Low attendance: In terms of advertising, we initially found it difficult to reach BAME communities using our conventional advertising routes. To address this, we approached services within Swindon that work with BAME populations and compiled a BAME contact list of people/organisations that we could disseminate flyers/information about our courses to. Where appropriate we have also changed the wording on our promotional flyers in an attempt to reduce any stigma associated with attending such a group.

High attrition (more relevant to work with asylum seekers):
Due to the unpredictable schedules of this client group, we have decided that it may be more appropriate and convenient to provide a one-day workshop. This is to help ensure that participants receive all of the material in the course.

Language barrier: To overcome the language barrier, we adapted material to be more interactive and have adapted the hand-outs to be more visual. We also informed the group that we were happy to try and re-explain things if they let us know what they did not understand. We allocated time to check understanding and for other members of the group to translate information if necessary.

Assessment: Language barriers have also presented a significant barrier to the completion of our minimum data set questionnaires. We have addressed this both by seeking out questionnaires in widely spoken languages and providing assistance with filling in questionnaires.

Facilitation style: We found that moving away from a didactic style of facilitation to be key in fostering a supportive environment in which people felt comfortable to ask questions / check understanding.

Plan for sustaining and spreading
We learnt a lot from our reflections of the above work and have considered making further changes to future support interventions.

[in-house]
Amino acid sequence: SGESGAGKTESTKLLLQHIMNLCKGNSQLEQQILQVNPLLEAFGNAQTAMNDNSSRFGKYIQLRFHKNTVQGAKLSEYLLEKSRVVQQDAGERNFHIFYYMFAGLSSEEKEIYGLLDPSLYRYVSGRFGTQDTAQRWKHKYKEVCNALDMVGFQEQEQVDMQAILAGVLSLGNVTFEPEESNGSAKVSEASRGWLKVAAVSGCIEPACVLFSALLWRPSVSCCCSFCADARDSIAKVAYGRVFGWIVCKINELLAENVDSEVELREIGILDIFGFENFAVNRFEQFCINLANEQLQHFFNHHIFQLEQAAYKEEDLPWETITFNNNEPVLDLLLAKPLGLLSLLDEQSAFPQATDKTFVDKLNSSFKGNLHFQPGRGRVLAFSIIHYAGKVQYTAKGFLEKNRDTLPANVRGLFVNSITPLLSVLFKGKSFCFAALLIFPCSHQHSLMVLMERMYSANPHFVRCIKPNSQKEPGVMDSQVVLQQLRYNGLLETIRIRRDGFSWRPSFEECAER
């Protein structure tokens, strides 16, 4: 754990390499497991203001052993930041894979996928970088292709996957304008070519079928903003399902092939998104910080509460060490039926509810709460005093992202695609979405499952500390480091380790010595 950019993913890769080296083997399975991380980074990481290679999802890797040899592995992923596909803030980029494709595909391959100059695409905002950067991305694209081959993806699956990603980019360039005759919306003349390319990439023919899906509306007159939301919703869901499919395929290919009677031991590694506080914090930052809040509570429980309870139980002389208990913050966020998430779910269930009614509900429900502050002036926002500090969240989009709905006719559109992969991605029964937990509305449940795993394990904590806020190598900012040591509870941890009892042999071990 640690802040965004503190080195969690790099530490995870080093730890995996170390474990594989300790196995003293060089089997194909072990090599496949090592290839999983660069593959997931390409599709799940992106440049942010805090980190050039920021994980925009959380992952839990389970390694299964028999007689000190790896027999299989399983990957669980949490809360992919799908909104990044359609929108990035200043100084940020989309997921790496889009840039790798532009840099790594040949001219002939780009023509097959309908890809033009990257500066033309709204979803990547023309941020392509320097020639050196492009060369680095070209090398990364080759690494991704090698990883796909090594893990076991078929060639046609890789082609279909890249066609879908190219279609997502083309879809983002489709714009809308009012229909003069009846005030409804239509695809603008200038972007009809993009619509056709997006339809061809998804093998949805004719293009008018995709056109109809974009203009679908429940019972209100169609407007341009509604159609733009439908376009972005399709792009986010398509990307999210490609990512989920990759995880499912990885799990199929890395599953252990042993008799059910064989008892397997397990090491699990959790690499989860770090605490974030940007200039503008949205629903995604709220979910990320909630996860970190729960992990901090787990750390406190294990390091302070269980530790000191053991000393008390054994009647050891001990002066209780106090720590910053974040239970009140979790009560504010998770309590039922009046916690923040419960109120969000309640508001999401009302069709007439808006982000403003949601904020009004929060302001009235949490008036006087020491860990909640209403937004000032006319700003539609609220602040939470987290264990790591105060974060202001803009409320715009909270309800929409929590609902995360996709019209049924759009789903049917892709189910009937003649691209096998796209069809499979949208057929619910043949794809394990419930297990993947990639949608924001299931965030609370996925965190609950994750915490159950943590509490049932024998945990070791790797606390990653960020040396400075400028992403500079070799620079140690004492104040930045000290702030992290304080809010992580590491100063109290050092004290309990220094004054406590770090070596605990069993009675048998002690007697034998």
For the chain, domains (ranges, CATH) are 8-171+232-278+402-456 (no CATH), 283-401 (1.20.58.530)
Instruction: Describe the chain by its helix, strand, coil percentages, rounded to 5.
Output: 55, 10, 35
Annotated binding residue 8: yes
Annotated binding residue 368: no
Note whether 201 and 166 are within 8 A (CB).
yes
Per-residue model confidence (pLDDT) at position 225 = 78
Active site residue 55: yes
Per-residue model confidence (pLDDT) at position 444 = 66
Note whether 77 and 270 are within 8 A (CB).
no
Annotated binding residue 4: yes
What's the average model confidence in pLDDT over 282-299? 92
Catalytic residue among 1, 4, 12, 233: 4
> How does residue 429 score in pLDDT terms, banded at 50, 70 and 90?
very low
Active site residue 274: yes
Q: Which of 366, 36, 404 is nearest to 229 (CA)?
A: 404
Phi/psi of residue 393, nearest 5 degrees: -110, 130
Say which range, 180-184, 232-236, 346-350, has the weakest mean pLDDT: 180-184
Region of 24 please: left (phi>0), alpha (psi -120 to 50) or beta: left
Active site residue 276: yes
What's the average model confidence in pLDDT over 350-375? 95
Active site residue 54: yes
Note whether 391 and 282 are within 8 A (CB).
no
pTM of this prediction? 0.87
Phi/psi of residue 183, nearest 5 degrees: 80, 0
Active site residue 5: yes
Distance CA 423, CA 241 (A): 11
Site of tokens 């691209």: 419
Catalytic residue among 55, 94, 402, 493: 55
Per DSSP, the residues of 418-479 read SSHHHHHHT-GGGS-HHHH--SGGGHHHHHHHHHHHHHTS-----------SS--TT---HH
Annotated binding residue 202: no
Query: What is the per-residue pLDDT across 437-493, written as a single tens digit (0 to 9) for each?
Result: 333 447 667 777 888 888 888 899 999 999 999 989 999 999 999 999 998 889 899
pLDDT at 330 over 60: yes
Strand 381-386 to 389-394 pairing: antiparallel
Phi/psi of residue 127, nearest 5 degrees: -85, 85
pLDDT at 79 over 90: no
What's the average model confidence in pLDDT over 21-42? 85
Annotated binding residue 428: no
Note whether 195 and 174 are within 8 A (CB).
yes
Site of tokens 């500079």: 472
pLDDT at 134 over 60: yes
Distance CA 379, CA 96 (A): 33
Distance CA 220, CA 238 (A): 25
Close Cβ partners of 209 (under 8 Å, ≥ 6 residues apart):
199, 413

Our future plans include holding a wellbeing course every quarter. We also plan to meet with the lead health ambassador to facilitate greater involvement of their service in this project and to continue building our links with local services. We are keen to continue exploring different advertising channels.

We are also currently planning a one day wellbeing workshop for asylum seekers which will be followed by a focus group. The focus group hopes to explore the participants experiences of attending the group and their reflections on the material covered.

We attend meetings with the Wiltshire LIFT Psychology BAME team to share our reflections and experiences of providing these groups. We see no reason why our approach could not be replicated elsewhere, as it has largely involved liaising with existing services and using widely available mental health promotion materials.

What has been learned
We have learned that mental health issues carry stigma in many minority ethnic groups. One way to address this is in the way courses are advertised. We chose to market our BAME courses as “Promoting Wellbeing” courses to highlight the health and wellbeing component, rather than the managing mental distress component.

Many areas have existing services for BAME populations and organisations aimed at promoting advocacy for these populations. Though these can often be quite dispersed and uncoordinated, they can provide a fertile source for advertising and raising awareness within these populations.

We have also learned that long term health conditions, such as diabetes, are relatively prevalent in some BAME populations. In light of this, we initially began offering long-term conditions/health management courses as a way in to these communities.

In facilitating these groups, we found the normal practice of completing the minimum data set at each session prohibitively time consuming. In future, we plan to complete these measures pre and post intervention by going through the questions as a group. We hypothesise this will stop participants becoming overwhelmed with the requirement of regularly filling in questionnaires.